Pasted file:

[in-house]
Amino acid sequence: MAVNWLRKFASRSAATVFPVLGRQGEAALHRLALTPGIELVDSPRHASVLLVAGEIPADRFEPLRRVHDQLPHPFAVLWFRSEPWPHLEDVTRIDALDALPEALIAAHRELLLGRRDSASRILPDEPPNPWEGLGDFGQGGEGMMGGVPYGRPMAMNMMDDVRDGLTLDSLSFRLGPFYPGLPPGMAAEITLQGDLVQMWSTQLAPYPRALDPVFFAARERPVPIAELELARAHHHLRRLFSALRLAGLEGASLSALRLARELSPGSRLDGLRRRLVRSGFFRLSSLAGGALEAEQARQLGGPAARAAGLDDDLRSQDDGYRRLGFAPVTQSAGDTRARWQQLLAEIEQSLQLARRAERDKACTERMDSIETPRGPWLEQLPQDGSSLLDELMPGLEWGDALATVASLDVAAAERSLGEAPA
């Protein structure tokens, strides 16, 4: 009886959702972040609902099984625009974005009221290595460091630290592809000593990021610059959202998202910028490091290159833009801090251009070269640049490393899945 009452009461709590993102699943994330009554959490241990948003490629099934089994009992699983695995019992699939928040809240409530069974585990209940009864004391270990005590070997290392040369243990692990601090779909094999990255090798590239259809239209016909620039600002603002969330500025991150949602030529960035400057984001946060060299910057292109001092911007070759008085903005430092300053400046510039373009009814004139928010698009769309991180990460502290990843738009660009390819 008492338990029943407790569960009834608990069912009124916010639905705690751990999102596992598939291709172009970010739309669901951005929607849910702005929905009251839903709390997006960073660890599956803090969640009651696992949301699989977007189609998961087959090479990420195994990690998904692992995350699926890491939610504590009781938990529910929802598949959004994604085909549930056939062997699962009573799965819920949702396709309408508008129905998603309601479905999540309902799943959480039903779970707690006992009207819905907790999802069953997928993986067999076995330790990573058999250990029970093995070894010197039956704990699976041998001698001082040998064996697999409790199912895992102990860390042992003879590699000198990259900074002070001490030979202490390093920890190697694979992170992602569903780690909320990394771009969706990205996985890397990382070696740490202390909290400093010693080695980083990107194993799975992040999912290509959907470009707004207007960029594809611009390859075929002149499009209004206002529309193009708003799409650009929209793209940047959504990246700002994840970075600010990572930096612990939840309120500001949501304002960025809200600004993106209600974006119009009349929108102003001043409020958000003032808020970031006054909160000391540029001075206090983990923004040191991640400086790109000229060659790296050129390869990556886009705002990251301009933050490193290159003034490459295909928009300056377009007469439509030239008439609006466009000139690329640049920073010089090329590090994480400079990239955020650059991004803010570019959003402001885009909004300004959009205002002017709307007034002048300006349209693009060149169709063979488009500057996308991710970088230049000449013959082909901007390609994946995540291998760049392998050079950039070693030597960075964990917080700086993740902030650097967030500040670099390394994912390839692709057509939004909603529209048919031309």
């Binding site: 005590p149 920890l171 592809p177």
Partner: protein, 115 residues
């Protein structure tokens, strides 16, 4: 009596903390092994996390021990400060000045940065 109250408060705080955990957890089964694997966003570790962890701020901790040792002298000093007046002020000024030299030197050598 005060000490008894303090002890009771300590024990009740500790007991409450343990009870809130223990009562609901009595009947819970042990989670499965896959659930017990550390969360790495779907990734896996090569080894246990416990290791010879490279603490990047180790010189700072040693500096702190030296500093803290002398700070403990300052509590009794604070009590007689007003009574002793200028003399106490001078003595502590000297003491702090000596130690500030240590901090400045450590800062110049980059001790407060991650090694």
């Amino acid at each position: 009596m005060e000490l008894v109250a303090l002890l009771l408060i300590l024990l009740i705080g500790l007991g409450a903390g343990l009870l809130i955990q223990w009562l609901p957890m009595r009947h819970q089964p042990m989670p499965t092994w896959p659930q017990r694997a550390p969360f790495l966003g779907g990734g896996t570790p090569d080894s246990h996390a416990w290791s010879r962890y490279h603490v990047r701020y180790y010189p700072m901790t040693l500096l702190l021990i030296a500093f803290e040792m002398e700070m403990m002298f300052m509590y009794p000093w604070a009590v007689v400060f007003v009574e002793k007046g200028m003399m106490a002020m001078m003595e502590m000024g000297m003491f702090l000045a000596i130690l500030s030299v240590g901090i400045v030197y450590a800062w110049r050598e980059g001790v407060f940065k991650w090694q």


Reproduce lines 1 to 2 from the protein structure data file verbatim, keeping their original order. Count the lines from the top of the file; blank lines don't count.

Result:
[in-house]
Amino acid sequence: MAVNWLRKFASRSAATVFPVLGRQGEAALHRLALTPGIELVDSPRHASVLLVAGEIPADRFEPLRRVHDQLPHPFAVLWFRSEPWPHLEDVTRIDALDALPEALIAAHRELLLGRRDSASRILPDEPPNPWEGLGDFGQGGEGMMGGVPYGRPMAMNMMDDVRDGLTLDSLSFRLGPFYPGLPPGMAAEITLQGDLVQMWSTQLAPYPRALDPVFFAARERPVPIAELELARAHHHLRRLFSALRLAGLEGASLSALRLARELSPGSRLDGLRRRLVRSGFFRLSSLAGGALEAEQARQLGGPAARAAGLDDDLRSQDDGYRRLGFAPVTQSAGDTRARWQQLLAEIEQSLQLARRAERDKACTERMDSIETPRGPWLEQLPQDGSSLLDELMPGLEWGDALATVASLDVAAAERSLGEAPA